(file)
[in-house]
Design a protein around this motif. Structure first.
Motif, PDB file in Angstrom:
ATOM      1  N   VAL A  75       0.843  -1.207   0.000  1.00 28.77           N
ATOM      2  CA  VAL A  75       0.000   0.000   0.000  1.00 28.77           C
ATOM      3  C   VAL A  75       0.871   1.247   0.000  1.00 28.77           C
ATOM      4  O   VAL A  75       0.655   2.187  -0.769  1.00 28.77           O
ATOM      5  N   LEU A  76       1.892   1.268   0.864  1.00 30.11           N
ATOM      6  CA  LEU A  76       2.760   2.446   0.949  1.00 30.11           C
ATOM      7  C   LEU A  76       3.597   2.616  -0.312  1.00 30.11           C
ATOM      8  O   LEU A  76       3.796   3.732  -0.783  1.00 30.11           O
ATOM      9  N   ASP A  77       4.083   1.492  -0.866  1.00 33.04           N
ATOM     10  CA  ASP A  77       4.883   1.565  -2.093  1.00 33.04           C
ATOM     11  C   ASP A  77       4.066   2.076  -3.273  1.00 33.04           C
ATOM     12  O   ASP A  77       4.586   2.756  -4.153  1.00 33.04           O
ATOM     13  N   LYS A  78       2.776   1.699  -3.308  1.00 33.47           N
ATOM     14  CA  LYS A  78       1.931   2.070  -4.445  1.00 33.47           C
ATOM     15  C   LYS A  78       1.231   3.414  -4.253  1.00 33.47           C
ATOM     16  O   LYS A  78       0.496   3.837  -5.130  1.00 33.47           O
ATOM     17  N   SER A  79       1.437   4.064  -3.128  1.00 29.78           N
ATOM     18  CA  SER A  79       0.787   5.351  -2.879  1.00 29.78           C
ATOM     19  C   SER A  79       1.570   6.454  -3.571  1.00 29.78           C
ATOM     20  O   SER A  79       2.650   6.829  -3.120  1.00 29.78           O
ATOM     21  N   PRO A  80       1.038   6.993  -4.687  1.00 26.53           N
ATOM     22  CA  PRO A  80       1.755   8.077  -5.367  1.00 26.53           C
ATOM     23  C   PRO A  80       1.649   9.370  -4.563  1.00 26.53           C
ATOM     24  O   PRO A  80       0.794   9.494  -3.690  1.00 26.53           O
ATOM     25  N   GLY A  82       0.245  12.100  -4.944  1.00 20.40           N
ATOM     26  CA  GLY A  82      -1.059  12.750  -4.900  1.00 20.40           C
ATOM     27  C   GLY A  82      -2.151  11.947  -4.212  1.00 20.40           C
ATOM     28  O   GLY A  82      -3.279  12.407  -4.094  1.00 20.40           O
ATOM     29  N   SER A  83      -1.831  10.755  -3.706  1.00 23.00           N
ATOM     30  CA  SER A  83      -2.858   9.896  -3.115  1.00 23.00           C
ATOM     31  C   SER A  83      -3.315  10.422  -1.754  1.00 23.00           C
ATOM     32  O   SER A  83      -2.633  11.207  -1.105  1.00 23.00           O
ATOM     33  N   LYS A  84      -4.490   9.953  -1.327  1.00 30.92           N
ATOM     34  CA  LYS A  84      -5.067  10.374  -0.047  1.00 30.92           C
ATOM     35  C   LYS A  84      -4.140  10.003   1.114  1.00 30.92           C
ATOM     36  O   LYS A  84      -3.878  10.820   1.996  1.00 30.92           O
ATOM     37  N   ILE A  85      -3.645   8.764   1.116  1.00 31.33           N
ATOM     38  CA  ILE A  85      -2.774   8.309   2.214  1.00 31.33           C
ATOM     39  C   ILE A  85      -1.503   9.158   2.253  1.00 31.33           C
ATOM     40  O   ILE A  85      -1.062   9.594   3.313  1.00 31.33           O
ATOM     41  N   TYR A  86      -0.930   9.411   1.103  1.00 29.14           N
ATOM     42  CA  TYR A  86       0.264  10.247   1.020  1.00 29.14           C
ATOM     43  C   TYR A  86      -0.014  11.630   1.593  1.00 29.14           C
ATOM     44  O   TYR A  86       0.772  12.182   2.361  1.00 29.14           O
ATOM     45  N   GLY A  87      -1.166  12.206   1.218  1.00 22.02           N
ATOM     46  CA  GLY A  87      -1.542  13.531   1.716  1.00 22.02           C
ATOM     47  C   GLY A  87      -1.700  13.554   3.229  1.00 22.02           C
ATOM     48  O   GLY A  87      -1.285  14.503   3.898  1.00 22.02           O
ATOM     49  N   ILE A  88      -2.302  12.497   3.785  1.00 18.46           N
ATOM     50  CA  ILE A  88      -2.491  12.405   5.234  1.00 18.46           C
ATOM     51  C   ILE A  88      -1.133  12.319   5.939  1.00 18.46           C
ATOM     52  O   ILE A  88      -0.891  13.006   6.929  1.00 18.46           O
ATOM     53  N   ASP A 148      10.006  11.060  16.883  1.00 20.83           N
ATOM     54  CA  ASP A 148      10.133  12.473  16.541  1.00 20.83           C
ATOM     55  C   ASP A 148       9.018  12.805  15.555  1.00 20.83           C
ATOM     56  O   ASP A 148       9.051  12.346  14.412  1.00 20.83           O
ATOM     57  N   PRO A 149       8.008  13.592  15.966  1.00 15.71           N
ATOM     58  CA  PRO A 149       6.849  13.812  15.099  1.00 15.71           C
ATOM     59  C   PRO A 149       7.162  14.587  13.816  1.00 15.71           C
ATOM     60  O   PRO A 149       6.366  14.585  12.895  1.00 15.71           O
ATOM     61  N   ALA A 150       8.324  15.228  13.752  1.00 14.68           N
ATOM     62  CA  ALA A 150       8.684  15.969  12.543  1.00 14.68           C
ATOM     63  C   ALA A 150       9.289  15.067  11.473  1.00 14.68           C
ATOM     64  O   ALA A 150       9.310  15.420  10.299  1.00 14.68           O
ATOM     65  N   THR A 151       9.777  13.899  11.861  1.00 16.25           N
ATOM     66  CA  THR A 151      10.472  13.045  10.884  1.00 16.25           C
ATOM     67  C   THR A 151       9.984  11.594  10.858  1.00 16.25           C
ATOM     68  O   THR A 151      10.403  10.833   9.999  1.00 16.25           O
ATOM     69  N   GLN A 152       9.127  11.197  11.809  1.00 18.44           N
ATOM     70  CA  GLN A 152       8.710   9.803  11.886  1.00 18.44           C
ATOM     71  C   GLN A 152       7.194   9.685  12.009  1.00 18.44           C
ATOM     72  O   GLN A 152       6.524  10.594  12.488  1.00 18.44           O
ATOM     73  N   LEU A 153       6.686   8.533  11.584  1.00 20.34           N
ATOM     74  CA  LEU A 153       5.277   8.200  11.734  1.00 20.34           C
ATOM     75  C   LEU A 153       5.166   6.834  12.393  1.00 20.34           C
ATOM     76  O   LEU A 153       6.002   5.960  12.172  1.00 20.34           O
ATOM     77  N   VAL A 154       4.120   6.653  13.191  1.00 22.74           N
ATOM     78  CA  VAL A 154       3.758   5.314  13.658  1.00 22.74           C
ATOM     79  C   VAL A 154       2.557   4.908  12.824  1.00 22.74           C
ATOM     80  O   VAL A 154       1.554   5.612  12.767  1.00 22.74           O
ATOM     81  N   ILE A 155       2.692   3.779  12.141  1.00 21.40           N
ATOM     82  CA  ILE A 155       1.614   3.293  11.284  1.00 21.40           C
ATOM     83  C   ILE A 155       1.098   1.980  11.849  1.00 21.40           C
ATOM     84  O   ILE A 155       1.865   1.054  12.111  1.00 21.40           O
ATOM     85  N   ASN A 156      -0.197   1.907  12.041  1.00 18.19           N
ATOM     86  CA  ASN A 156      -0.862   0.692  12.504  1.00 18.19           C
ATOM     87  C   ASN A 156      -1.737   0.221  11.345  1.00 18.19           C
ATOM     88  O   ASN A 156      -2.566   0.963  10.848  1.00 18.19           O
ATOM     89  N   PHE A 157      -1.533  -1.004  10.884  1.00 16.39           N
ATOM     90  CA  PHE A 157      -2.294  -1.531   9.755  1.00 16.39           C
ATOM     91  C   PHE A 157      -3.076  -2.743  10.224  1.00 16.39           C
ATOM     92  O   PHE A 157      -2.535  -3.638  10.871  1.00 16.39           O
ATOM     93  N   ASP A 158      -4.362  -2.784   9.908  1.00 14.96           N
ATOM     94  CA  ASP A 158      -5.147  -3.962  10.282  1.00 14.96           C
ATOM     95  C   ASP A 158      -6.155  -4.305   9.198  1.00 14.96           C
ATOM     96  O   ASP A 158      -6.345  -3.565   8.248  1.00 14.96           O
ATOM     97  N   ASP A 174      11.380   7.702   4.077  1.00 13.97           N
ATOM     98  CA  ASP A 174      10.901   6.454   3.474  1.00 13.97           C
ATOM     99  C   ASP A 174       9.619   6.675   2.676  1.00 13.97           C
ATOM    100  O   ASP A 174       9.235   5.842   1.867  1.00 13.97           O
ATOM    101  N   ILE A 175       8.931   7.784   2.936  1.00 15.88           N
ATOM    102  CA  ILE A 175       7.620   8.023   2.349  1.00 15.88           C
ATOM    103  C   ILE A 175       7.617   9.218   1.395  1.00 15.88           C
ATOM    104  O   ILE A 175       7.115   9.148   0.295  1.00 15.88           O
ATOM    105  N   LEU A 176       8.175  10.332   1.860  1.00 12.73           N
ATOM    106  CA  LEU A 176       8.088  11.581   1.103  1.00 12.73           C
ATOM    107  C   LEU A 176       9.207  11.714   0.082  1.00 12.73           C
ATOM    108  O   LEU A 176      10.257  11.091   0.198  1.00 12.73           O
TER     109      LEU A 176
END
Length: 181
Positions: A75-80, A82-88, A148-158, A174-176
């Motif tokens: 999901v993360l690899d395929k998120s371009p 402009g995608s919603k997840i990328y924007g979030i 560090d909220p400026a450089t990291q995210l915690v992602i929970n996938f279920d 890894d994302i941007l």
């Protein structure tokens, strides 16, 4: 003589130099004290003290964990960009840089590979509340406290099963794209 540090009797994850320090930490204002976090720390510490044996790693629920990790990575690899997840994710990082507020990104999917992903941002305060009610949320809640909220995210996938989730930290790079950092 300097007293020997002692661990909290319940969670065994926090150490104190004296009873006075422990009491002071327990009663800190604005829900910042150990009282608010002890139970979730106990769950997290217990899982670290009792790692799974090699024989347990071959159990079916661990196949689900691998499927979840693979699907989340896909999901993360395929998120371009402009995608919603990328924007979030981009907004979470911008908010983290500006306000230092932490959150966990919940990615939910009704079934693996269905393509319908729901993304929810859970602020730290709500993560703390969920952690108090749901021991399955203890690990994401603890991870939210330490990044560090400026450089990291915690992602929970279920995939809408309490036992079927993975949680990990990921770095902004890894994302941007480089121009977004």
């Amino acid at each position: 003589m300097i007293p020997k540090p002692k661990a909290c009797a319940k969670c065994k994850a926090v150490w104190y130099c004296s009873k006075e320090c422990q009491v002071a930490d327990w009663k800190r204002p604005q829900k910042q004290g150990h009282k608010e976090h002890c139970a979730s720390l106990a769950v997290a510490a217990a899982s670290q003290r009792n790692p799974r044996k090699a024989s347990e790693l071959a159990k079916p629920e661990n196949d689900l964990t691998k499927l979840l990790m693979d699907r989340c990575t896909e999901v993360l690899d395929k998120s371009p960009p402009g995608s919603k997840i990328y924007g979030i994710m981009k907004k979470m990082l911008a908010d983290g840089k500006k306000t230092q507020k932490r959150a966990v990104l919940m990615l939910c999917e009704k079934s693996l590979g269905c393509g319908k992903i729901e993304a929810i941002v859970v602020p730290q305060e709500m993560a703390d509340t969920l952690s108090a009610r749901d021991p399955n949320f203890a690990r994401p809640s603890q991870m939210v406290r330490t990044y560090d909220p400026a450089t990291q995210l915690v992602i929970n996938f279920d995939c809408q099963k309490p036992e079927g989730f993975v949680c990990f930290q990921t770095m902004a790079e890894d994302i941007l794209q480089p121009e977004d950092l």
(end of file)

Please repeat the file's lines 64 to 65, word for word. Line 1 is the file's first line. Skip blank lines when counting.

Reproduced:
ATOM     61  N   ALA A 150       8.324  15.228  13.752  1.00 14.68           N
ATOM     62  CA  ALA A 150       8.684  15.969  12.543  1.00 14.68           C